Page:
Opinion: In leaving Europe, the U.K. has lost Scotland

Opinion: Brexit killed off the idea of copy-cat departures in the EU, but not Euroskepticism

Opinion: Britain is erasing itself from the world – and the West should take heed

Standing not far away, archaeologist Alexander Edmonds said he joined the march to defend democracy and the result of the 2016 referendum, which saw 52 per cent of voters opt to leave. “If we don’t leave, then people aren’t really going to trust democracy very much in our nation any more,” he said. “Quite frankly, a single second longer [in the EU] is an insult to the democratic process.” He added that his 29th birthday was on Thursday and he wanted it to be a celebration of the country’s last day in the EUEuropean Union. “But not quite, I’m afraid,” he said with a laugh. "I do hope that by the time I hit 30 we’re definitely out.”

Business groups, too, were furious. “The Brexit merry-go-round continues to spin, but the fun stopped a long time ago,” said Edwin Morgan of the Institute of Directors, one of the U.K.’s largest business organizations. “We are running out of words to express how sick business leaders are of being stuck in this spirit-sapping limbo. The inability to make any decision is doing lasting damage to enterprise.”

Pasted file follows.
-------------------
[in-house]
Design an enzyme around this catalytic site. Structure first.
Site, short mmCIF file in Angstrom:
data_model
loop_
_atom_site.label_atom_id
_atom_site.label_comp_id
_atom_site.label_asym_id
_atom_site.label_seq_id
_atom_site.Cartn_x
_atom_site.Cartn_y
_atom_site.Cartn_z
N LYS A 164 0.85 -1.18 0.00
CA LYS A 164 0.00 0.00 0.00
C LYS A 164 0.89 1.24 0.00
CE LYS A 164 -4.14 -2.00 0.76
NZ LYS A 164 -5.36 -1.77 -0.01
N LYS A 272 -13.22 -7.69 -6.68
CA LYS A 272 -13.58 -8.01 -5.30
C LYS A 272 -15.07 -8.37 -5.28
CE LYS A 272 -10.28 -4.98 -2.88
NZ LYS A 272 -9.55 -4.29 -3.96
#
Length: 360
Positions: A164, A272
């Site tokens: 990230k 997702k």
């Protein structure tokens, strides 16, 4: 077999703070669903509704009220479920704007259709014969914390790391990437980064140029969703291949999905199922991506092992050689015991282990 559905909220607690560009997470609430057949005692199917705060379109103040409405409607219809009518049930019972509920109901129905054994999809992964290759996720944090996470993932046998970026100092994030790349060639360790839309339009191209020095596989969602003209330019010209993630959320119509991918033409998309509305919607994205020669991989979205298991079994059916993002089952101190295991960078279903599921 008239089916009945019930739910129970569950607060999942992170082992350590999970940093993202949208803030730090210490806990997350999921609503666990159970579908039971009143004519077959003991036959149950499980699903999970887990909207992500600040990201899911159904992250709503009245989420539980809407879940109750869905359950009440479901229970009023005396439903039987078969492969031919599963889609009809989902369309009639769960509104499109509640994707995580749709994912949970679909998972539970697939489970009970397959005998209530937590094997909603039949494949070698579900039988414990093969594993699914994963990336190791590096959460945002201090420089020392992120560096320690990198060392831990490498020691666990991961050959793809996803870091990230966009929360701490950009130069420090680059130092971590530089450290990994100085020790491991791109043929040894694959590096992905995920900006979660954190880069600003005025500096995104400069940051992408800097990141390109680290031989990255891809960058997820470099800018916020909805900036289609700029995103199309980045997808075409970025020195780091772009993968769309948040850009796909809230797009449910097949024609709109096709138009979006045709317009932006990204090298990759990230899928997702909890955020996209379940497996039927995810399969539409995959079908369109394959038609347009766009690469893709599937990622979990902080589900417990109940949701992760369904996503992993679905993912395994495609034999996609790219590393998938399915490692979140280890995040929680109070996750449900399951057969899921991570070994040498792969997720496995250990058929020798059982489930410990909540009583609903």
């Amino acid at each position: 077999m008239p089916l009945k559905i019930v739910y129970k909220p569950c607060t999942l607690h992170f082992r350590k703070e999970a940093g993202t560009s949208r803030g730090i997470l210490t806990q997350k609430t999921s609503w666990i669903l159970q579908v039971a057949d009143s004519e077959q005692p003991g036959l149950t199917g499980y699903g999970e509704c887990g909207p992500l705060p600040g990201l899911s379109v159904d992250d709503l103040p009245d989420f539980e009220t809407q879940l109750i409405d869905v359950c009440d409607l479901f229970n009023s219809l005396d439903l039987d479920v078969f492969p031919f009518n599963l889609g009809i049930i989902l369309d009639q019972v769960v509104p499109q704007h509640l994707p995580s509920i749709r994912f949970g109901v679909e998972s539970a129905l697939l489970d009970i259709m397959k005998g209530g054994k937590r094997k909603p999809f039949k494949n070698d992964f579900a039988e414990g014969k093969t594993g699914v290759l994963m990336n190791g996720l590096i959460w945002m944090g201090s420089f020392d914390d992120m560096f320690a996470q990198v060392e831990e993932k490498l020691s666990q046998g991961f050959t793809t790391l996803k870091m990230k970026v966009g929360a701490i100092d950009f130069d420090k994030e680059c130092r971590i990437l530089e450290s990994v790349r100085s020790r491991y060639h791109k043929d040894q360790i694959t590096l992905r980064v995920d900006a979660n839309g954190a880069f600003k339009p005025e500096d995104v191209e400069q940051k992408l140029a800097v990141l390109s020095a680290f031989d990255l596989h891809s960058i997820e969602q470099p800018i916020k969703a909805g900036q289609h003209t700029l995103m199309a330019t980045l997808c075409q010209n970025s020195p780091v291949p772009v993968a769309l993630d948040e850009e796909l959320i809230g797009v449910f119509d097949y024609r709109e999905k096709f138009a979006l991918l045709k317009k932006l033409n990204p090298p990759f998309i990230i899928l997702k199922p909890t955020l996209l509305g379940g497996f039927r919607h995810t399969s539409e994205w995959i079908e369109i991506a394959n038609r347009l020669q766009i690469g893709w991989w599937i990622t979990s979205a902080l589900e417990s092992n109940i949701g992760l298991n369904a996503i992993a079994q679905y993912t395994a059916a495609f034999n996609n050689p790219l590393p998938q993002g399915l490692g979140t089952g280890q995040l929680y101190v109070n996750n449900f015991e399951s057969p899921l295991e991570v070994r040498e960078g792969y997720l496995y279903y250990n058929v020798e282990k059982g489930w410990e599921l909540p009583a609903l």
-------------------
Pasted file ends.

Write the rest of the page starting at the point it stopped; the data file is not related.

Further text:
Many people inside Parliament and at the rally blame Ms. May for the Brexit chaos, and her political future is in question. On Wednesday, she offered to resign if the agreement was approved. That was seen as a sop to a group of her fellow Conservative Party MPs who have bitterly opposed her deal and want a new leader to take over. While that was enough for some rebels, including former foreign secretary Boris Johnson, a total of 34 Tory MPs still defied her and voted against the agreement. Ms. May gave no hint of her future on Friday, but few MPs believe she can carry on much longer as Prime Minister. “I regret to say it is time for Theresa May to follow through on her words and make way so that a new leader can deliver a withdrawal agreement which will be passed by parliament,” said a statement from Tory MP Steve Baker, who is part of the rebel group. “This has been a tragic waste of time and energy for the country. We can waste no more.”

Pro-Brexit protesters hold signs at the March to Leave demonstration in London, Britain March 29, 2019.TOBY MELVILLE/Reuters

Ms. May has also been abandoned by Northern Ireland’s Democratic Unionist Party, whose 10 MPs prop up her minority government. She has spent months trying to win over the DUP and address their concerns about the agreement. But the party also refused to stick by her on Friday. "Regretfully, the fact remains that sufficient progress has not been made,” said Nigel Dodds, the DUP’s leader in Westminster, said.

Ms. May had also been hoping that her decision to hold a vote only on the 600-page withdrawal agreement, which is one part of her overall Brexit deal, would have been enough to sway Labour MPs and offset the DUP and Tory rebels. Most Labour MPs don’t have a problem with the withdrawal agreement and are more focused on the other part of the deal: the 27-page political declaration that sets out a framework for discussions between the U.K. and the EU on their future relationship. But on Friday, just five Labour MPs backed her.

Report an error

Editorial code of conduct